It takes a certain rigid optimism to cheer the Timberwolves through thick and thin, but with 27 losses and only five wins over the entire season, our W-L record is dropping jaws even among the most resilient of foul-weather fans.
Saturday's sluggish defeat by the Utah Jazz boosted the Wolves' losing streak to 11 games. We can blame bad luck in the draft lottery and a cursed Target Center -- after all, there must be a reason Corey Brewer started tearing up the court in Houston as soon as he left, adding three points to his season average in six games.
More likely, though, the team's just floundering to come up with any sort of big-picture vision in the post-Kevin Love era.
Ricky Rubio, for all his pocket passes and puppy dog charm, can't exactly make a basket with a gun to his head. Yet the Wolves gave the 24-year-old veteran point guard that $56 million, four-year extension last month. It's a strategy that seems utterly counterproductive to a team bent on rebuilding with a host of young, cheap players. Why overpay Rubio to lead the pack on the die-hard hope he'll start to shine after three years of lackluster performance?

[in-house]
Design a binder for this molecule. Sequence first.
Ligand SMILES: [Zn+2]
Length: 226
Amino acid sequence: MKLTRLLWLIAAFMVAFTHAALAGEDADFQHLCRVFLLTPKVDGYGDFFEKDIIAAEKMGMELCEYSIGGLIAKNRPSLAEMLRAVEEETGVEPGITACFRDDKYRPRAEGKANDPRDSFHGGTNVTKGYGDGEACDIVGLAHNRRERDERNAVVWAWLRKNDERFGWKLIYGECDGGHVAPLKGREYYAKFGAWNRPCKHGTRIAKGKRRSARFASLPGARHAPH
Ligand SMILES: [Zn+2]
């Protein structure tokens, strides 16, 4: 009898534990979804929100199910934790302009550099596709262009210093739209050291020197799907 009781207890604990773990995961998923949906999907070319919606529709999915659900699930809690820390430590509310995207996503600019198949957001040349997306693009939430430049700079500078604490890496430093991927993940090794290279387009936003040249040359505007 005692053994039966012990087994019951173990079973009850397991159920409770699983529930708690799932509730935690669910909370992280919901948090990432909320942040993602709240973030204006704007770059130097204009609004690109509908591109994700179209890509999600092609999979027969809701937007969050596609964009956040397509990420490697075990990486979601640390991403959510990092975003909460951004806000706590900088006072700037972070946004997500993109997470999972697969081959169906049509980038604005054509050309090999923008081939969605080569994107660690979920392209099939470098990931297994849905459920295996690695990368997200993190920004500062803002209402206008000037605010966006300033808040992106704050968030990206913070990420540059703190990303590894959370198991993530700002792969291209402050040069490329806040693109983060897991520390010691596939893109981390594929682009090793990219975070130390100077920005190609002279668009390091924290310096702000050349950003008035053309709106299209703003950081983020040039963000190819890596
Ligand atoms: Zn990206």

Rookie Andrew Wiggins, our No. 1 draft pick in exchange for Love, has turned out to be a smarter investment. The 19-year-old started off rough, looking like another Timberwolves bust despite initial cries of prodigy. Lately, he's practically exceeding expectations just by meeting them, scoring at least 20 points in five out of the last six games. Young center Gorgui Dieng too is building steam, with a double-double in three of the last six games.
With a couple of promising young guys on top of Nikola Pekovic -- Rubio too if he weren't so damn expensive -- there might be hope for the Timberwolves as long as management can focus on acquiring and growing new talent. Monday night the Wolves play the Denver Nuggets, 14-20.
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